Mactan-Benito Ebuen Air Base
|Brigadier General Benito N. Ebuen Air Base|
|Part of Philippine Air Force|
|Located at Mactan Island, Cebu, Philippines|
|Controlled by||Philippine Air Force |
United States Air Force (under jurisdiction of Enhanced Defense Cooperation Agreement)
|Condition||active, as of 2014|
|Built||September 1, 1961|
|Built by||United States|
Mactan Air Base
|Owner||Philippine National Government|
|Operator||Philippine Air Force|
|Serves||Mactan Island, Cebu, Philippines|
|Elevation AMSL||23 m / 75 ft|
Mactan-Benito Ebuen Air Base (IATA: CEB, ICAO: RPVM) is located on Mactan Island in Cebu, Philippines, and shares a runway with the Mactan-Cebu International Airport. It was built by and was a facility of the United States Air Force until the American military bases left the country in 1991 and it became a Philippine Air Force (PAF) base.
Mactan Air Base is located on Mactan Island, off Cebu City in the province of Cebu in the Central Visayas. Mactan Island is best known as being the location where the Spanish explorer, Ferdinand Magellan was killed by the forces of Lapu-lapu during his circumnavigation of the earth.
In 1945 Acorn 51 was assigned as the development unit for an airfield at Cebu. The Seabees of the 54th Naval Construction Battalion had the job of constructing the runway and support facilities. After WWII the American Strategic Air Command used Mactan as an emergency field in the event of a war. The field was basically barren with only a few permanent structures and a 10,000-foot concrete runway. By 1965, the only permanent structures on the field were a Philippine Air Force (PAF) operations building-cum-airline terminal and the PAF BOQ. There was also a squadron of PAF F-86s on base.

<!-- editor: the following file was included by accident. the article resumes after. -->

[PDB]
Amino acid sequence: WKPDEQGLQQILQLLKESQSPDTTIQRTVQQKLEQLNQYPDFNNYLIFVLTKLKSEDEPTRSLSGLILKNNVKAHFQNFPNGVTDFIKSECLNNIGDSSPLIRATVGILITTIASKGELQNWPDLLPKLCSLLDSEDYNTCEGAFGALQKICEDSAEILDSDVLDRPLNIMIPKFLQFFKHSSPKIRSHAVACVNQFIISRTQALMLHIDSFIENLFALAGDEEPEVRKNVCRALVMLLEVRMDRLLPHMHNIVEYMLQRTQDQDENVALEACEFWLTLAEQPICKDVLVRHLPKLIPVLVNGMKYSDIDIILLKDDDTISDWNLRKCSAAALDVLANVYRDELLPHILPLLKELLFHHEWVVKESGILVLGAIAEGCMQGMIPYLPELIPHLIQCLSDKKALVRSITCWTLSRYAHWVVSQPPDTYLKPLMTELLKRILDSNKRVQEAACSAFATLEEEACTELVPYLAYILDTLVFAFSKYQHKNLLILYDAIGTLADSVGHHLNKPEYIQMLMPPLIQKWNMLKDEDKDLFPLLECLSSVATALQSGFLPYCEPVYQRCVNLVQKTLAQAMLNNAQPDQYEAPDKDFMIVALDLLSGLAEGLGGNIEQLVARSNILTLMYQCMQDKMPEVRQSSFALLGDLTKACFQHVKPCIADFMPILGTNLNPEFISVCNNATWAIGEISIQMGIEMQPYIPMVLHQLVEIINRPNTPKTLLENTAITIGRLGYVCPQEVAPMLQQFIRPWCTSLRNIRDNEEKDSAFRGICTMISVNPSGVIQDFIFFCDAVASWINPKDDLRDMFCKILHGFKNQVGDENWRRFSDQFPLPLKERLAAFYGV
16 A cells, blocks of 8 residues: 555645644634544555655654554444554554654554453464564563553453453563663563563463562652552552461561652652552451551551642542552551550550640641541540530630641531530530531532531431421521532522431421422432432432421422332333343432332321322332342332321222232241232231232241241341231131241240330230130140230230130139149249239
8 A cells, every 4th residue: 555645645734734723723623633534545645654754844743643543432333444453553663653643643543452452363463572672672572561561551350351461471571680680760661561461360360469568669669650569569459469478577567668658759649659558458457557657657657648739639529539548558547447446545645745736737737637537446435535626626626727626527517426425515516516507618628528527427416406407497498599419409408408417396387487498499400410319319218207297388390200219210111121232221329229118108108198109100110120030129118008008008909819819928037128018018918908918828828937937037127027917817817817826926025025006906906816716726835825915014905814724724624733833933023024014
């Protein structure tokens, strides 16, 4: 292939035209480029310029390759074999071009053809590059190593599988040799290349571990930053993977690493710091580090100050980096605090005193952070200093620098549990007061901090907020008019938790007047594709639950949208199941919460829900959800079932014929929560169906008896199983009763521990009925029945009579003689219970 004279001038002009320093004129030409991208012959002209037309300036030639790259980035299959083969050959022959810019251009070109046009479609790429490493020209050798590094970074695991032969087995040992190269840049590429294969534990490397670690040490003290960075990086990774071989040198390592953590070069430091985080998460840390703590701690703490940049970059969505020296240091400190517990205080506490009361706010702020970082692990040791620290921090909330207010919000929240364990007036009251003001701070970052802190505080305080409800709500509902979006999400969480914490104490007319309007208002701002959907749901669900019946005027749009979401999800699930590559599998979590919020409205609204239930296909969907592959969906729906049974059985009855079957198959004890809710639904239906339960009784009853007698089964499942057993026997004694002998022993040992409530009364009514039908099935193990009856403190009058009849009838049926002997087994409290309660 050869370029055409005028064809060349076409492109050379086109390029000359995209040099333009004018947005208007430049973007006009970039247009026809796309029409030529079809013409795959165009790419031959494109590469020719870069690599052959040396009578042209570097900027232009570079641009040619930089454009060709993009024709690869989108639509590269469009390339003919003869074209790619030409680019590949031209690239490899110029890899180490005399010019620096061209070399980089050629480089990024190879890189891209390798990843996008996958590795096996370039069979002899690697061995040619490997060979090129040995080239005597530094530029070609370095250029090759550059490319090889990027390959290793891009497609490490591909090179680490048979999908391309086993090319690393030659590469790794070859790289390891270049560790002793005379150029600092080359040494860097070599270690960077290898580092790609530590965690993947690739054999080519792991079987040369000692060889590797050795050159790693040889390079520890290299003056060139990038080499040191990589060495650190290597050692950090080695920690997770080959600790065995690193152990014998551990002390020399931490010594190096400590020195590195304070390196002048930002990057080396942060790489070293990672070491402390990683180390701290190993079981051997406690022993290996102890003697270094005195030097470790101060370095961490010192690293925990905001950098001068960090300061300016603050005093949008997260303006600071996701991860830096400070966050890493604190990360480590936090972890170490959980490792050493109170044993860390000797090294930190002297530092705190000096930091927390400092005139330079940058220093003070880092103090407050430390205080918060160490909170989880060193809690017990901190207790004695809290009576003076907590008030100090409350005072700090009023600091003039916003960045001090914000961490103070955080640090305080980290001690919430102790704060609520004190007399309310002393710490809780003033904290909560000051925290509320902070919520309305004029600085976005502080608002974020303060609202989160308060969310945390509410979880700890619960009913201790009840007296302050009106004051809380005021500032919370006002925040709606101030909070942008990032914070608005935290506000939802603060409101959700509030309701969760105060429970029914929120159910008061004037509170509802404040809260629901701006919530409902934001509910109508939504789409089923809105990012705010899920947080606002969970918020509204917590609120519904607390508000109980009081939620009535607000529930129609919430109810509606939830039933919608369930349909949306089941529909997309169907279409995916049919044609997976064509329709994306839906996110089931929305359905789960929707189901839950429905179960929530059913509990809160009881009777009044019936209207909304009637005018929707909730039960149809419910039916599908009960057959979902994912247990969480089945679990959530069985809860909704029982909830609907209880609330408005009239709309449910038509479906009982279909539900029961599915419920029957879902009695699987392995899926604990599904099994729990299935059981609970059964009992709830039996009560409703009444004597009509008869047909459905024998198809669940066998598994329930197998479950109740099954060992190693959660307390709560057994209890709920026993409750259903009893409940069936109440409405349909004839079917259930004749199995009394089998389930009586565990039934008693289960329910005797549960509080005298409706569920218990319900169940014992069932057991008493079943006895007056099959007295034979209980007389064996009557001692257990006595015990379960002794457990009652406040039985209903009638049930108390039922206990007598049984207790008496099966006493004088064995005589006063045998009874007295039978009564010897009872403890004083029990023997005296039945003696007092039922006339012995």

As the Vietnam War escalated, the base was rapidly built up. At its height, it became a permanent C-130 base housing at least the 772nd and 774th Troop Carrier Squadrons of the 463rd Troop Carrier Wing (later renamed as "Tactical Airlift" Squadrons and Wing) as well as becoming a crew rest stop for C-124 and C-133 crews to relieve congestion at Clark Air Base. The C-124 Operations Squadron was the 606th Military Airlift Support Squadron or 606th MASS.
After the war, the base was transferred to the Philippine Air Force.
During the Mindanao campaign in the 1970s Mactan Air Base the base was extensively used for fighter operations against targets in Mindanao region by the Philippine Air Force.
In June 1996, Mactan Air Base was renamed Brig. Gen. Benito N. Ebuen Air Base in honor of a Philippine Air Force Commanding General.
In the aftermath of Super Typhoon Yolanda, Cebu was designated the hub of logistics for rescue and relief efforts and the base saw a continuous flow of helicopters and jumbo cargo aircraft. Each day, at least 10 were parked in the base including V-22 Ospreys of the US Marines to C-130 planes of different air forces of countries extending aid. Bigger aircraft like the C-5 Galaxy, C-17 Globemaster, 747 freighters and the Russian-made An-124 landed in the base.
This air base is responsible for the Transport Wing, and provides for PAF operations in the Visayas area.
Stationed at the base in 2009 were the 208th Tactical Helicopter Squadron, 205th Tactical Operations Wing and the 220th Airlift Wing, along with the 5052nd Search and Rescue Squadron of the 505th Search and Rescue Group and the 1304th Dental Dispensary. The Headquarters Administrative Squadron from the 205th Tactical Operations Wing and the 560th Air Base Wing handle logistics.
- "Mactan-Benito Ebuen Air Base". www.globalsecurity.org.
- "Navigator Ferdinand Magellan killed in the Philippines". History.com. July 21, 2010.
- Acorn 51, NHHC misc Seabee cruisebooks, NHHC Washington Navy Yard, 1022 O Street SE, Washington, D.C. 
- "Mactan-Benito Ebuen Air Base". Philippine Air Force. Archived from the original on 23 December 2012. Retrieved 22 July 2013.
- "Bases". www.angelfire.com.
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